After umpire William Grieve issues a walk to a Washington pinch-hitter, Red Sox manager Joe McCarthy and catcher Birdie Tebbetts express their doubts about Grieve's judgment, 1949.
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After umpire William Grieve issues a walk to a Washington pinch-hitter, Red Sox manager Joe McCarthy and catcher Birdie Tebbetts express their doubts about Grieve's judgment, 1949.Michael Rougier—Time & Life Pictures/Getty Images
After umpire William Grieve issues a walk to a Washington pinch-hitter, Red Sox manager Joe McCarthy and catcher Birdie Tebbetts express their doubts about Grieve's judgment, 1949.
University of Pittsburgh students cheer wildly from atop the Cathedral of Learning as they look down on Forbes Field, where the Pittsburgh Pirates are playing the Yankees in the 7th game of a Series that would enter baseball lore when Bill Mazeroski smacked a 9th-inning, game-winning home run.
Yankee pitcher Don Larsen talks to the press after throwing a perfect game — still the only perfect game in postseason history — against the Dodgers in the 1956 World Series.
Brooklyn Dodger rookie hopefuls work out at spring training, 1948.
Jackie Robinson, the great disruptor, dances off of third in the 8th inning of Game 3 of the 1955 World Series.
Roy Campanella (left) talks with a young, awed fan during spring training in 1959.
Red Sox star Ted Williams, all of 22 years old, demonstrates his batting technique in 1941.
In one of the most poignant pictures ever made of a great athlete in decline, 33-year-old Mickey Mantle — his electrifying talents blunted by injuries, age and years of alcohol abuse — tosses his helmet away in disgust after a weak at-bat at Yankee Stadium, June 1965.
Dodger southpaw and 1955 World Series MVP Johnny Podres reads about his own and his teammates' exploits while visiting a store in his hometown of Witherbee, New York — a small mining town in the Adirondacks, a few hundred miles north of Brooklyn.
Hall of Famer, linchpin of the Big Red Machine and the man ESPN once pegged as the greatest catcher in history, Johnny Bench displays the intensity that made him such a force on the diamond, Cincinnati, 1970.
Leroy "Satchel" Paige, ageless relief pitcher for the Cleveland Indians, watches his teammates practice in 1948.
A rapt audience in a Chicago bar watches the 1952 Subway Series between the Yankees and Dodgers in 1952.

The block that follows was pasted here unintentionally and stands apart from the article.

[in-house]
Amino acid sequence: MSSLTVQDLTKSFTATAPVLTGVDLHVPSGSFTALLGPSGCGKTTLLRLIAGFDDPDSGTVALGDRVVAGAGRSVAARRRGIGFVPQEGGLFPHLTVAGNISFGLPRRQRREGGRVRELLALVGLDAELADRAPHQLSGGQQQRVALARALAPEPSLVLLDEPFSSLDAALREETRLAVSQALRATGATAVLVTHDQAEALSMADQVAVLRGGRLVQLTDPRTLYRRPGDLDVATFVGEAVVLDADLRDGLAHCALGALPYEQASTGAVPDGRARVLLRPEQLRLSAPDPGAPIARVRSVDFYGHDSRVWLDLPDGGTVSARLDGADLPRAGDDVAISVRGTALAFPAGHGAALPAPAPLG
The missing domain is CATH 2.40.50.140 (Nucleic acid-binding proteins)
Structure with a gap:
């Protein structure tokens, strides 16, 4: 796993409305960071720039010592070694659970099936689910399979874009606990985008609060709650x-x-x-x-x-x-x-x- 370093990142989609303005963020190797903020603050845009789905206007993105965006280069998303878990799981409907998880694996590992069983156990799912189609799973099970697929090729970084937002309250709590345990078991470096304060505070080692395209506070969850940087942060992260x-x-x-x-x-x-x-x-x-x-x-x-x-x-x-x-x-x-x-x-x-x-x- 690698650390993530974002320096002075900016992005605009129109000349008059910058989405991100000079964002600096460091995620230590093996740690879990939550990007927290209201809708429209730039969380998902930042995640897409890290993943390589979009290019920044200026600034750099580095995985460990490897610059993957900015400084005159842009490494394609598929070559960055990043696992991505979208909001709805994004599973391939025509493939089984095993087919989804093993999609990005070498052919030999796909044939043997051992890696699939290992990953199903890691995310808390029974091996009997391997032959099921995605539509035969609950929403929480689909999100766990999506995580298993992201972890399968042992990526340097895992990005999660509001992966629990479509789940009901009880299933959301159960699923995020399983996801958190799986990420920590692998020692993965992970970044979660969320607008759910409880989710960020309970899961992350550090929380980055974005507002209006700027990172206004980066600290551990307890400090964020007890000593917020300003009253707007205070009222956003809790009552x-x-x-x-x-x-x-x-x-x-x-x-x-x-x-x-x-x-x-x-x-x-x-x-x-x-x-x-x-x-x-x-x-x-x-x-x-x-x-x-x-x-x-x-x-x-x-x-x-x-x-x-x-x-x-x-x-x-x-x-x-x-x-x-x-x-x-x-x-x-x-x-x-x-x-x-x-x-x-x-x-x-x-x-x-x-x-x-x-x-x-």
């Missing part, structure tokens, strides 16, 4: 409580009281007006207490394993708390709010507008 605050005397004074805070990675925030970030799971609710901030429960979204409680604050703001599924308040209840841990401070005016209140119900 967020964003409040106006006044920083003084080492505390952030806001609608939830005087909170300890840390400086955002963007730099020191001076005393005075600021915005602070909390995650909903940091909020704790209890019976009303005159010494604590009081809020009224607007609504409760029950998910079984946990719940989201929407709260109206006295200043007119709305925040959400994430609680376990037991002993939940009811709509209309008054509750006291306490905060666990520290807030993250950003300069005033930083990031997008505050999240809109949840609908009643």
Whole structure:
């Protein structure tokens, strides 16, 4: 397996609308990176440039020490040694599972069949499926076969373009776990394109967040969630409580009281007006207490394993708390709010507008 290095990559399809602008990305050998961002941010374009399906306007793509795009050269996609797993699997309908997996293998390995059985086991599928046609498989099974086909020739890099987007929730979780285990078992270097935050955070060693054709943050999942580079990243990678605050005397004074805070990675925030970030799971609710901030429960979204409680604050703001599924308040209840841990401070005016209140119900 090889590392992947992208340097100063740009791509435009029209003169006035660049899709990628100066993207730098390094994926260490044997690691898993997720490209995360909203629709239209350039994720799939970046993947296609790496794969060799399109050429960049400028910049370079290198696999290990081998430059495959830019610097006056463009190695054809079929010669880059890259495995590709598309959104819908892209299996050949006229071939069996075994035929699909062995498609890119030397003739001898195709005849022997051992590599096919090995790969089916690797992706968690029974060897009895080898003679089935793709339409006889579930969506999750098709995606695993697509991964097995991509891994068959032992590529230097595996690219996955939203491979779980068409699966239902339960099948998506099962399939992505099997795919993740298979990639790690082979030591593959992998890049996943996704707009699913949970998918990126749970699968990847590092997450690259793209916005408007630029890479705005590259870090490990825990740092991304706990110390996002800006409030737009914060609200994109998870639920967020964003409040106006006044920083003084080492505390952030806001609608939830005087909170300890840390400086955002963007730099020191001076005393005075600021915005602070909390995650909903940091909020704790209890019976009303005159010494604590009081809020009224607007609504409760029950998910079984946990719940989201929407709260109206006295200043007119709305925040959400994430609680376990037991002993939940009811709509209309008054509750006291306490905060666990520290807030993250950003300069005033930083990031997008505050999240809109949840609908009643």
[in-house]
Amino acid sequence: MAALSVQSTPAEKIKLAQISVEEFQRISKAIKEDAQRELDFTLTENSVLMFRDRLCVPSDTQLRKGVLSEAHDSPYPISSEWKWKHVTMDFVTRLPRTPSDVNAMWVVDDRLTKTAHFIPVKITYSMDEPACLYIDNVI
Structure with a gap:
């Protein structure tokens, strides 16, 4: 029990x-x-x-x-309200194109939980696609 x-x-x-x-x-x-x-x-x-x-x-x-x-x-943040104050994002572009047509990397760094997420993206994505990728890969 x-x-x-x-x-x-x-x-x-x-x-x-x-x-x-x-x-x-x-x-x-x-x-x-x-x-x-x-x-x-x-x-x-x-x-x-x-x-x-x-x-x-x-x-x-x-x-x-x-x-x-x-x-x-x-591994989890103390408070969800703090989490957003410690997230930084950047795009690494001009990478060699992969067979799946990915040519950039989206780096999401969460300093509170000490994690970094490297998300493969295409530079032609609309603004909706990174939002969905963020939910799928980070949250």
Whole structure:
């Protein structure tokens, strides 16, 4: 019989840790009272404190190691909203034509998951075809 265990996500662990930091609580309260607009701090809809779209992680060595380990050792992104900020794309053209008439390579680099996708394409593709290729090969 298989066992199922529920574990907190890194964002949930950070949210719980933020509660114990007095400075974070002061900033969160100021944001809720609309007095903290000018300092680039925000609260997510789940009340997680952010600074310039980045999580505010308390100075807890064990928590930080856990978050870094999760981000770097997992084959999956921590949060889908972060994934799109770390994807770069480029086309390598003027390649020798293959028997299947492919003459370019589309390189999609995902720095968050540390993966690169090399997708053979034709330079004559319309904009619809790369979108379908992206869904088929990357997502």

Willie Mays, arguably the greatest all-around ballplayer in major league history, poses for LIFE's Alfred Eisenstaedt in 1954, the year the Giants won the World Series.
Yogi Berra takes issue with the umpire's "safe" call after Jackie Robinson's electrifying steal of home in Game 1 of the 1955 World Series.
Ailing baseball great Babe Ruth thanks the crowd at Yankee Stadium for their ovation on "Babe Ruth Day," April 27, 1947.
Baseball great Jackie Robinson during filming of "The Jackie Robinson Story."
Little Leaguers in Manchester, N.H., dress in a schoolroom before their first game of the season, as their formidable leader, Dick Williams, demands to know where the rest of the uniforms are.
After umpire William Grieve issues a walk to a Washington pinch-hitter, Red Sox manager Joe McCarthy and catcher Birdie
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Michael Rougier—Time & Life Pictures/Getty Images
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LIFE's Best Baseball Pictures

Mar 31, 2013

LIFE magazine's coverage of the American pastime—while always steeped in a genuine appreciation for the nuances, intricacies and thrills of the game—was often as much personality-driven as performance-driven.

George Silk, Ralph Morse, Mark Kauffman, Francis Miller and the other photographers who so frequently covered baseball for LIFE beautifully captured the action unfolding on the field. But they were also photojournalists: pretty much every photographer on the LIFE staff who was shooting baseball in the 1940s and '50s (and even into the '60s) also had occasion, throughout their careers, to photograph . . . well, you name it. War, science, technology, the arts, pop culture, politics, other sports from yachting to boxing to golf: the breadth of the subjects covered by LIFE, and the necessity for LIFE's photographers to ably capture the heart of the matter—whatever the matter happened to be—meant that baseball was a bit more than just a game. For LIFE's editors, writers and photographers, it was one more window into the human spirit.

Here, LIFE.com offers the best baseball pictures made for LIFE, from the late Forties to the early Seventies. The great players one would expect are, of course, here: Jackie Robinson, Mickey Mantle, Yogi Berra, Willie Mays, Ted Williams and other Hall of Famers make their obligatory appearances. But above and beyond the sheer, phenomenal athletic talent on display (talent gauged by records set, titles won, World Series rings worn) there is also another, less-quantifiable element of the game portrayed in most of these pictures—an element of individual and collective striving on the part of players, managers, owners and, of course, fans. For lack of a better word, that element is drama, and it's here in abundance.

Finally, viewers will note—and many will no doubt grumble about—the preponderance of New York players and teams represented in these photos. More than half of the photographs either include players in Yankee, Dodger or Giant uniforms, or depict a scene in which New York players, even if unseen, either have or had a central role. In our defense we'll just note that, during the years in which these photos were made, New York teams were hard to ignore. Between 1941 and 1956, the Yankees and Dodgers played each other in the World Series seven times.

So, yeah. There might be a little too much New York here for some. But if it's any consolation, there's nary a Met in sight.

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